Theater review: Playwright lampoons stereotypes in poignant, playful 'Vietgone'
"Vietgone" - ★ ★ ★
"Vietgone" -- Qui Nguyen's sly, self-aware tale of Vietnamese refugees in 1970s America -- wears its political incorrectness proudly and well.
Affectionately anachronistic and gleefully irreverent, the 2015 dramedy challenges audiences the moment the curtain rises on director Lavina Jadhwani's confident Chicago area-premiere at Writers Theatre in Glencoe.
An actor identifying himself as the Playwright (Ian Michael Minh as Nguyen's fictional self) strides onstage and insists the characters in his combination rom-com and road trip are fictitious. Their resemblance to his parents is entirely coincidental, he says.
He goes on to remind the audience of the cringe-inducing characteristics often assigned Asian characters. But with the introduction of his parents Quang (Matthew C. Yee) and Tong (Aurora Adachi-Winter), he upends those distasteful stereotypes. Quang and Tong speak Nguyen's contemporary, hip-hop inspired patois fluently. It's the American characters who fracture their syntax and utter gibberish such as "Yeehaw! Get'er done! Cheeseburger, waffle fries, cholesterol!"
Nguyen lampoons characters equally in his unique, playful and sometimes poignant examination of immigration, assimilation and love. Set in the aftermath of the Vietnam War and told in a nonlinear style against a rap-infused soundtrack, "Vietgone" is essentially a love story between a pair of refugees who separately flee their war-torn homeland and meet at a relocation camp in the U.S.
We meet them days before the fall of Saigon as U.S. embassy worker Tong (Adachi-Winter, as tormented as she is determined) receives a tearful proposal from her milquetoast boyfriend Giai (also played by Minh). Meanwhile Quang (a restless, guilt-ridden Yee), a helicopter pilot with the South Vietnamese Army whose job keeps him away from his family, has a frosty reunion with his wife Thu (Emjoy Gavino).
As the North Vietnamese overrun the city, Tong escapes with her bossy mother Huong (also played by the terrifically tetchy Gavino). They wind up at Fort Chaffee, Arkansas, one of four military bases that became a temporary home to Vietnamese evacuees, including Quang and his best friend Nhan (the likable Rammel Chan).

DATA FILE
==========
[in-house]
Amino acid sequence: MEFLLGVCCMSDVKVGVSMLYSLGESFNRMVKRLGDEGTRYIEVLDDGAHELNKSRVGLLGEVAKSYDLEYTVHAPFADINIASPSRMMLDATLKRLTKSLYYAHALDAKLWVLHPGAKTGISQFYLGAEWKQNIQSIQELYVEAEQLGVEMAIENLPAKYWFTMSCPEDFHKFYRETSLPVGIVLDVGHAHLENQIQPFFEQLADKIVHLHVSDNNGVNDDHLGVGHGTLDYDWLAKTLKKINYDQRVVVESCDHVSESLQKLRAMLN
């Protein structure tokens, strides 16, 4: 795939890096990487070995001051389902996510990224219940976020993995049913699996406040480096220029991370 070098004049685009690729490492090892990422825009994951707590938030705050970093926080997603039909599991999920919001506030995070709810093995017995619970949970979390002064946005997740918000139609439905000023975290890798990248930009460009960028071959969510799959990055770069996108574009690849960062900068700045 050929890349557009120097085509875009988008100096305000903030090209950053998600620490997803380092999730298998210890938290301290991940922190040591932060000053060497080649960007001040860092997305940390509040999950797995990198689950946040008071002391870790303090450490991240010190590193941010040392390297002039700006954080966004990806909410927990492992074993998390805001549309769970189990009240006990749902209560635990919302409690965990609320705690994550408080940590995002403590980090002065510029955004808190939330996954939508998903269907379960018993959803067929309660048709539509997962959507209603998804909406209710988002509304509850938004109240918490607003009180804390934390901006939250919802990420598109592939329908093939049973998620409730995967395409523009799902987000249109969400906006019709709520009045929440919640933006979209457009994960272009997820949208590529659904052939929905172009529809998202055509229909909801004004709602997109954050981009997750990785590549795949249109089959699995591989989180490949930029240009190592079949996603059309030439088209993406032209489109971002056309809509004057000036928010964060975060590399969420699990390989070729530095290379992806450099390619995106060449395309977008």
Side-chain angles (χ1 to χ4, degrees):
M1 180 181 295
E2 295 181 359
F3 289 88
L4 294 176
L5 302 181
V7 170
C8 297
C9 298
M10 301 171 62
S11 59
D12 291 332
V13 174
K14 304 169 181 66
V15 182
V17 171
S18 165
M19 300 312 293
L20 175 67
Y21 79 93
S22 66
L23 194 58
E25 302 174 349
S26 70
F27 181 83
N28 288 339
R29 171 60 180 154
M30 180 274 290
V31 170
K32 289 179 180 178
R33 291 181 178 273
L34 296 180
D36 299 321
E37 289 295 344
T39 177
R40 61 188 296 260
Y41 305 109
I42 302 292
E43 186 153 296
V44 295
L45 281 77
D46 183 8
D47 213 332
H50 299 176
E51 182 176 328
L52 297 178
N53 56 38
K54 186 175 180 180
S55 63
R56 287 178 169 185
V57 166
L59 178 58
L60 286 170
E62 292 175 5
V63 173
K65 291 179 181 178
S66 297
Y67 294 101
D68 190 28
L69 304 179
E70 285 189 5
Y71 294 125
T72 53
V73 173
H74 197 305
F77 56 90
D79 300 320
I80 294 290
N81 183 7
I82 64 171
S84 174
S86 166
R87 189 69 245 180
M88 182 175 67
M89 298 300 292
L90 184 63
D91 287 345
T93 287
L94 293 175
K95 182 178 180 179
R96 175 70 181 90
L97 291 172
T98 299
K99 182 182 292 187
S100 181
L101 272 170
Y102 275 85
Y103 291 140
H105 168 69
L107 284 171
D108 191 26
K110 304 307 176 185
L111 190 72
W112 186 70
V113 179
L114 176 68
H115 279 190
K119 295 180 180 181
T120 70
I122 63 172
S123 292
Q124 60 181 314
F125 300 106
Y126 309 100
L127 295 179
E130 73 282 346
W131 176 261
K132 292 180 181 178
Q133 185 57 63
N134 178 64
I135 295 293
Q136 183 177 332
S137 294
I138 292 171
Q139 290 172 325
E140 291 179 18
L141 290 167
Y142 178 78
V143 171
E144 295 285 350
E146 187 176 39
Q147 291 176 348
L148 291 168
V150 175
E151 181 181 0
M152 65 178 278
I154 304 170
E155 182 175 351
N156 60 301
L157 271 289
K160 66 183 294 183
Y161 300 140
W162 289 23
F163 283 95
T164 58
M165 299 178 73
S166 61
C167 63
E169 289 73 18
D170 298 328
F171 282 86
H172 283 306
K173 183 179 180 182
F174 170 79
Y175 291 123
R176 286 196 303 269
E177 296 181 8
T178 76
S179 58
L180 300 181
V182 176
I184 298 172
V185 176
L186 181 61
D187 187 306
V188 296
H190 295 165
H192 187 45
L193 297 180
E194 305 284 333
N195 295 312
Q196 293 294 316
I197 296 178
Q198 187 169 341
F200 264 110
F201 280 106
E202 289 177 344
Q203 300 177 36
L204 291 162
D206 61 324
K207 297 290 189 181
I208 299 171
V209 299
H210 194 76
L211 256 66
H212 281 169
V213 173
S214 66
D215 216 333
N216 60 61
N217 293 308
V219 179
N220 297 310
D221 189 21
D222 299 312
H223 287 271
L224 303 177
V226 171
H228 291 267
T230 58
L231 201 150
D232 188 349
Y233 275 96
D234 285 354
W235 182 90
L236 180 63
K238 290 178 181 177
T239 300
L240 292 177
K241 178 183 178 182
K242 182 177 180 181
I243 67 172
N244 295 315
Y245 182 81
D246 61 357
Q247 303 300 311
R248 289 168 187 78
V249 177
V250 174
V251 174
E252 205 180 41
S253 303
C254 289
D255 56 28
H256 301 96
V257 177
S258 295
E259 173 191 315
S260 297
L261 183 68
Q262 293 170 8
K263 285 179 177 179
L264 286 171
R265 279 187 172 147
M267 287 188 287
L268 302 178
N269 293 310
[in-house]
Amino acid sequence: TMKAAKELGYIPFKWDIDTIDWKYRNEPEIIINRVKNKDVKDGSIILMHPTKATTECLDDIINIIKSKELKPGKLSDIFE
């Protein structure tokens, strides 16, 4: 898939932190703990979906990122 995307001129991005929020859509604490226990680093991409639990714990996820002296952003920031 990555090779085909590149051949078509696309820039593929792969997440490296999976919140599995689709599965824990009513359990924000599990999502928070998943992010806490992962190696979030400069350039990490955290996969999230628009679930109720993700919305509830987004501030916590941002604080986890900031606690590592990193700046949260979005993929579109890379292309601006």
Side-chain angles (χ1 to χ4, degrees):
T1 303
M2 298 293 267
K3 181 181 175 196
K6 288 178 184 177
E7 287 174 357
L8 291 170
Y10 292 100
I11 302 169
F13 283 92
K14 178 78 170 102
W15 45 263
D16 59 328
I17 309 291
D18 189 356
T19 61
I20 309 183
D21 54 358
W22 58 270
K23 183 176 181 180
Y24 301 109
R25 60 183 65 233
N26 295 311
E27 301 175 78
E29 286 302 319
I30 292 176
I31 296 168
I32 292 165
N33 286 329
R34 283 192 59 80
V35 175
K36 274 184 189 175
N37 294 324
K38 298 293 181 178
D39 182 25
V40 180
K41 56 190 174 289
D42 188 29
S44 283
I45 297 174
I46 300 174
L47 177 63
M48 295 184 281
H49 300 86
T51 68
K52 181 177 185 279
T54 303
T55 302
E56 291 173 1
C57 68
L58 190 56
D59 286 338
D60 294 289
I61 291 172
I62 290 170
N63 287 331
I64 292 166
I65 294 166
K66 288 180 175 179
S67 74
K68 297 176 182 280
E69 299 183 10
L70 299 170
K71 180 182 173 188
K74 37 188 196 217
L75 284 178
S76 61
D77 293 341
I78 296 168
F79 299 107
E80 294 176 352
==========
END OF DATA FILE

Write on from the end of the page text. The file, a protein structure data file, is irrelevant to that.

For Tong, relocation means a chance to remake her life. Her mother is less impressed and wants to go home. So does Quang, who was forced to leave his wife and two children in Saigon and is determined to return to them.
That doesn't keep him from starting an affair with Tong, which he breaks off so he can take a cross-country motorcycle trip with Nhan to California where he intends to hop a ship bound for Vietnam.
Nguyen juxtaposes scenes from the road trip (during which Quang and Nhan encounter hippies, bigots and ninjas) with scenes depicting Tong and Quang's affair (fondly lifted from such 1980s films as "Say Anything," "Ferris Bueller's Day Off" and "Sixteen Candles").
A kind of whimsy -- evident in an over-the-top, ninja fight scene that unfolds like a combination professional wrestling match and superhero adventure film -- underscores "Vietgone." Rap songs, set to music by Gabriel Ruiz, punctuate the action which unfolds on Yu Shibagaki's austere, barracks-style set. Its walls provide the backdrop for Rasean Davonte Johnson's striking projections.
For all the intensity Adachi-Winter and Yee invest in the rap songs, the numbers feel forced and not fully integrated into the story. To that point, several songs are accompanied by pulsating lights (suggestive of a nightclub) that jerk us out of the narrative.
Jadhwani's production has appeal. Her cast is able and the actors nail Nguyen's jokes. But the show feels emotionally detached on occasion, which is puzzling considering what's at stake.
Ultimately, "Vietgone" is a play that needs to be pondered. The longer I contemplated it as I drove home from the theater and then drifted off to sleep, the more I liked it.
Still, the story needs streamlining. Nguyen repeats himself and the dialogue can be didactic and glib. But there's something fresh and bold about his writing. And the richly resonant final scene -- an epilogue that takes place in 2015 -- is quite moving. In it, the Playwright and Quang attempt to reconcile their contradictory perceptions of the war. That scene makes up for any missteps that preceded it, sending us from the theater a little more enlightened than we were when we arrived.
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Location: Writers Theatre, 325 Tudor Court, Glencoe, (847) 242-6000 or writerstheatre.org
Showtimes: 7:30 p.m. Tuesday through Friday, 3 and 7:30 p.m. Saturday, 2 and 6 p.m. Sunday; through Sept. 23. Also 3 p.m. on select Wednesdays
Running time: About two hours, 30 minutes including intermission
Parking: Street parking available
Rating: Suitable for adults; contains strong language, sexual situations, professional wrestling-inspired violence